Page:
Take the pledge to vote

For a better tommorow#AajSawaroApnaKal
  • I agree to receive emails from News18

  • I promise to vote in this year's elections no matter what the odds are.
  • Please check above checkbox.

    SUBMIT

Thank you for
taking the pledge

Vote responsibly as each vote counts
and makes a diffrence

Disclaimer:

Issued in public interest by HDFC Life. HDFC Life Insurance Company Limited (Formerly HDFC Standard Life Insurance Company Limited) (“HDFC Life”). CIN: L65110MH2000PLC128245, IRDAI Reg. No. 101 . The name/letters "HDFC" in the name/logo of the company belongs to Housing Development Finance Corporation Limited ("HDFC Limited") and is used by HDFC Life under an agreement entered into with HDFC Limited. ARN EU/04/19/13618
LIVE TV DownloadNews18 App
News18 English
News18 » Lifestyle
1-min read

Early Life Stress May Up Binge Eating In Females

Stress during pregnancy may cause female children to exhibit binge-eating-like behaviour in adulthood, a study conducted on mice has shown.

IANS

Updated:June 1, 2017, 12:23 PM IST
facebookTwitterskypewhatsapp
Wearable Device, Fight Stress
Representative Image (Photo courtesy: AFP Relaxnews/ diego_cervo / Istock.com)
Loading...

Stress during pregnancy may cause female children to exhibit binge-eating-like behaviour in adulthood, a study conducted on mice has shown.

Although stressed mothers passed along binge eating-related epigenetic tags on their DNA, the mouse pups' tendency to binge surfaced only when they too were subjected to stressful situations,the researchers said.

"The price we pay later in life -- whether it's psychiatric disorders, metabolic syndromes, or heart-related illnesses -- is heavily impacted by the way your brain was programmed early in life," said Alon Chen, a neurobiologist at the Weizmann Institute in Israel.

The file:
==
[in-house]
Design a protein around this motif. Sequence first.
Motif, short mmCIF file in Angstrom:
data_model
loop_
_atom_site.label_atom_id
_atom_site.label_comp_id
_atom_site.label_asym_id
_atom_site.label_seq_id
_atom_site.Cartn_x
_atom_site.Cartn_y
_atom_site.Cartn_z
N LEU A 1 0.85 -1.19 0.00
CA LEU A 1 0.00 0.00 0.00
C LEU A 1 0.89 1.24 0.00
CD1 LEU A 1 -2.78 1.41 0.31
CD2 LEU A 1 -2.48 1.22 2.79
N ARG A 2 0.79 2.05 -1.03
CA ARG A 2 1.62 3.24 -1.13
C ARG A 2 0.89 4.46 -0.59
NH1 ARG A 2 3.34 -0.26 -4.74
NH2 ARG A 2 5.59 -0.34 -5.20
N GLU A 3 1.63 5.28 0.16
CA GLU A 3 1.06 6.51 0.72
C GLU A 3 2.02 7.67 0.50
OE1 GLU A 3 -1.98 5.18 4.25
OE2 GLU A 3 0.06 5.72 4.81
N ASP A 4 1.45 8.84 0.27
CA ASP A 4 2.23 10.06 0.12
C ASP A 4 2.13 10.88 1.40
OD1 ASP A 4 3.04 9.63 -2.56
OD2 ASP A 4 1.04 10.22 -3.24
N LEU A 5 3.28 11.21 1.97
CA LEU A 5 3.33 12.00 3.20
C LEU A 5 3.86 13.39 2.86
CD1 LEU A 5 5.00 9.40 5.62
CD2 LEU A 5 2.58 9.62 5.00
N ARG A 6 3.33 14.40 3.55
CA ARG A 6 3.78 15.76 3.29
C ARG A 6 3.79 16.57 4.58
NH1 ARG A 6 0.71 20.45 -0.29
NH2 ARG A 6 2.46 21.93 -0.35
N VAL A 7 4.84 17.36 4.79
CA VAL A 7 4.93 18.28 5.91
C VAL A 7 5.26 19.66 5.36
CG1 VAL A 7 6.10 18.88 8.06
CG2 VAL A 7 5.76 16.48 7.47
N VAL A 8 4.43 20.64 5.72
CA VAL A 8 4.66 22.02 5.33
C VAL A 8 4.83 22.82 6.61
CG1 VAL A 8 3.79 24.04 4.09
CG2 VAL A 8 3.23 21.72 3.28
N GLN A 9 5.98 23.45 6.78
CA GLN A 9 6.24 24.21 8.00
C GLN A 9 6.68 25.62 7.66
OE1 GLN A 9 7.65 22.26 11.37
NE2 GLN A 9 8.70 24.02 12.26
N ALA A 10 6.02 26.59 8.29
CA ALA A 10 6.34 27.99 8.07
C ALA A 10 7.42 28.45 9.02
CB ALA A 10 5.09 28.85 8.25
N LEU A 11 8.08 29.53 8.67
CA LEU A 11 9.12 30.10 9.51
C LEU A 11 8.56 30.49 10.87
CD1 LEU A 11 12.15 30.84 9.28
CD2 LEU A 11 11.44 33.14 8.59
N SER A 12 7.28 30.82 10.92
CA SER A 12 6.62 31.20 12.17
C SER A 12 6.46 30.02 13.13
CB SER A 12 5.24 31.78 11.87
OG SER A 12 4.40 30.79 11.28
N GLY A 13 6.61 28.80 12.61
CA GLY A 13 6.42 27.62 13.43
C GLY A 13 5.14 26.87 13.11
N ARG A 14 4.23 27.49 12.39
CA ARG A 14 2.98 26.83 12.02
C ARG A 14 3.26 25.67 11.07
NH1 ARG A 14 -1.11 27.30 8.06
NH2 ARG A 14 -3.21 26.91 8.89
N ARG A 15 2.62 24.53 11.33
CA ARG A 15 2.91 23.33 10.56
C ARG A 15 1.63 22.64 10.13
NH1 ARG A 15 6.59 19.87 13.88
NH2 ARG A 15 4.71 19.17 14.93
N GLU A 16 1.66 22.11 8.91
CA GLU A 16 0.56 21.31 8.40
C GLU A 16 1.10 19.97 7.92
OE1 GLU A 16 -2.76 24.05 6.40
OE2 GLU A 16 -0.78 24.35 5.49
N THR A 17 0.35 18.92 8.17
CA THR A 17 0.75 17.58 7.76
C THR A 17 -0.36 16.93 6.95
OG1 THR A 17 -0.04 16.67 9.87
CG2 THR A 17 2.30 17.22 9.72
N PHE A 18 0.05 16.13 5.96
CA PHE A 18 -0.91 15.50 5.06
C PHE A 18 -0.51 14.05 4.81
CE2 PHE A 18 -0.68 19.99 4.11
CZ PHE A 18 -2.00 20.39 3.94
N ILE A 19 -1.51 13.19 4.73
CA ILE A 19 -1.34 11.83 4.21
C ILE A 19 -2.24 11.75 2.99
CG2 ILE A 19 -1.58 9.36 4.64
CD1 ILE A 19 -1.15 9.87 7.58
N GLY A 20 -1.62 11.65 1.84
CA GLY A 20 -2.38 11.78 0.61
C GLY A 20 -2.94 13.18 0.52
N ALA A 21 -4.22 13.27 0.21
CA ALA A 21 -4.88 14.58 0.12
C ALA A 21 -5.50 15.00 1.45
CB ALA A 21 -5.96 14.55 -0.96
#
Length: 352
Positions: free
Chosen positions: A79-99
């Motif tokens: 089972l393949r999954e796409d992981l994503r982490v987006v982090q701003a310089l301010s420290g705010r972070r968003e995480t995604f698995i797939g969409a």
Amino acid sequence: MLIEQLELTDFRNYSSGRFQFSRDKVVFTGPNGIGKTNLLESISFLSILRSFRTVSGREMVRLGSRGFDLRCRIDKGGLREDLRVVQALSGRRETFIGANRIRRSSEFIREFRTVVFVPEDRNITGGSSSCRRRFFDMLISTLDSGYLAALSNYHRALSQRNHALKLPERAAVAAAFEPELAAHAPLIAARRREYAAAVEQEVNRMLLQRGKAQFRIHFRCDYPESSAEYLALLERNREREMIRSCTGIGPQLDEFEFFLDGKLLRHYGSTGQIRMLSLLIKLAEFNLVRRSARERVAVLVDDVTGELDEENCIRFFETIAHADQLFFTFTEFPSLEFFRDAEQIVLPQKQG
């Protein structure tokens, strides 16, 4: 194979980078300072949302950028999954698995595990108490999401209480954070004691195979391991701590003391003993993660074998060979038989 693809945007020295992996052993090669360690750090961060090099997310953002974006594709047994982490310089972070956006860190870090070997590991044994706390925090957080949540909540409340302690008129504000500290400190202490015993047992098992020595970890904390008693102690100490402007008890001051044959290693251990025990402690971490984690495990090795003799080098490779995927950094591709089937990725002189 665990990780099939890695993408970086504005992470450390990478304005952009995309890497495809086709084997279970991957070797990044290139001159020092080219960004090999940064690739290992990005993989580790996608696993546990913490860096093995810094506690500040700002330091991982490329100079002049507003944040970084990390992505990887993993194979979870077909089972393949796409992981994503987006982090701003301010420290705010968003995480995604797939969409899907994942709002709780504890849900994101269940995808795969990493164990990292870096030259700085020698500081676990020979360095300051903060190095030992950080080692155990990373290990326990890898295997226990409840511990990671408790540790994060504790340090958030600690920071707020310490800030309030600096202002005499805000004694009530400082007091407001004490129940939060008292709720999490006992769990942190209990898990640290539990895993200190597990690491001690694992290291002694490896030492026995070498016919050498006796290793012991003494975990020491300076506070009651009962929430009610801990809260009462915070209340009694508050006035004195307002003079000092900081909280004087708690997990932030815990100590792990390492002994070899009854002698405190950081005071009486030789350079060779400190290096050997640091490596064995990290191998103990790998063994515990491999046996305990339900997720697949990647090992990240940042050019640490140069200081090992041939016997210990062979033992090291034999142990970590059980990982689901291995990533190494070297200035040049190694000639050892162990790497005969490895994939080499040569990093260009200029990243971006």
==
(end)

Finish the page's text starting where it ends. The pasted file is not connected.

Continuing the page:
"We have established a model where we can actually show that early life stress increases the likelihood of binge eating in females," Chen said.

For the study, detailed in the journal Cell Metabolism, the researchers genetically engineered a line of mice, where they manipulated the hormone system that controls cortisol -- stress hormones -- release to increase the anxiety levels of pregnant mothers during their third trimester.

The mouse pups' tendency to binge only surfaced when they were placed in a stressful situation where the researchers restricted their access to food.

In addition, measuring the eating habits of stressed mice showed that those born to stressed mothers were more likely to eat large amounts of food during short windows of time.

However, putting the young mice on a diet with "balanced" levels of nutrients such as Vitamin B12 and folate, the researchers were able to prevent their binge eating.

All of this underscores the importance of avoiding stressful situations as much as possible during pregnancy, the researchers added.

Get the best of News18 delivered to your inbox - subscribe to News18 Daybreak. Follow News18.com on Twitter, Instagram, Facebook, Telegram, TikTok and on YouTube, and stay in the know with what's happening in the world around you – in real time.

| Edited by: Mugdha Kapoor Safaya
Read full article
Loading...
Next Story
Next Story

Also Watch

facebookTwitterskypewhatsapp

Live TV

Countdown To Elections Results
To Assembly Elections 2018 Results